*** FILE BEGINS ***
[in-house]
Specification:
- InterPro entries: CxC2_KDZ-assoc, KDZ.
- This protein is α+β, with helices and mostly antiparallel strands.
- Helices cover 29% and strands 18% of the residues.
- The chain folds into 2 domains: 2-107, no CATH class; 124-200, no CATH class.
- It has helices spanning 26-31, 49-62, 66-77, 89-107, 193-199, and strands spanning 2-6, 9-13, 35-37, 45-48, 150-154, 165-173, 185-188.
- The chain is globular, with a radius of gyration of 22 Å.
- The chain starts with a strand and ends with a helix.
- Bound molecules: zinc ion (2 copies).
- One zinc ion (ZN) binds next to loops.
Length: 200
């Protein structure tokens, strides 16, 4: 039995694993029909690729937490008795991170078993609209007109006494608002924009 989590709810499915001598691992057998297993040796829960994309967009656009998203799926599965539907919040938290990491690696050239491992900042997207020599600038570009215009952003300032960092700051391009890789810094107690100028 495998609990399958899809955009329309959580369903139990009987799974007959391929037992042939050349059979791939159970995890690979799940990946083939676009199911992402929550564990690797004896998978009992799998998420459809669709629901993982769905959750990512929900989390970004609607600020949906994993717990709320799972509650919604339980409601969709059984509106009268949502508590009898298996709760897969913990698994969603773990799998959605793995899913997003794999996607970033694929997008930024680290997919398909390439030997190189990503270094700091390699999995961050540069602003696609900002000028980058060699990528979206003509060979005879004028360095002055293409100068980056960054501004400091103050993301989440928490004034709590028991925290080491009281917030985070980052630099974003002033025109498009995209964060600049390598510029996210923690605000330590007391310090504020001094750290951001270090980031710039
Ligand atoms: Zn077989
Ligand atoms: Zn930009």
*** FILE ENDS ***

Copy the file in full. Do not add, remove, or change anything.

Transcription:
[in-house]
Specification:
- InterPro entries: CxC2_KDZ-assoc, KDZ.
- This protein is α+β, with helices and mostly antiparallel strands.
- Helices cover 29% and strands 18% of the residues.
- The chain folds into 2 domains: 2-107, no CATH class; 124-200, no CATH class.
- It has helices spanning 26-31, 49-62, 66-77, 89-107, 193-199, and strands spanning 2-6, 9-13, 35-37, 45-48, 150-154, 165-173, 185-188.
- The chain is globular, with a radius of gyration of 22 Å.
- The chain starts with a strand and ends with a helix.
- Bound molecules: zinc ion (2 copies).
- One zinc ion (ZN) binds next to loops.
Length: 200
């Protein structure tokens, strides 16, 4: 039995694993029909690729937490008795991170078993609209007109006494608002924009 989590709810499915001598691992057998297993040796829960994309967009656009998203799926599965539907919040938290990491690696050239491992900042997207020599600038570009215009952003300032960092700051391009890789810094107690100028 495998609990399958899809955009329309959580369903139990009987799974007959391929037992042939050349059979791939159970995890690979799940990946083939676009199911992402929550564990690797004896998978009992799998998420459809669709629901993982769905959750990512929900989390970004609607600020949906994993717990709320799972509650919604339980409601969709059984509106009268949502508590009898298996709760897969913990698994969603773990799998959605793995899913997003794999996607970033694929997008930024680290997919398909390439030997190189990503270094700091390699999995961050540069602003696609900002000028980058060699990528979206003509060979005879004028360095002055293409100068980056960054501004400091103050993301989440928490004034709590028991925290080491009281917030985070980052630099974003002033025109498009995209964060600049390598510029996210923690605000330590007391310090504020001094750290951001270090980031710039
Ligand atoms: Zn077989
Ligand atoms: Zn930009």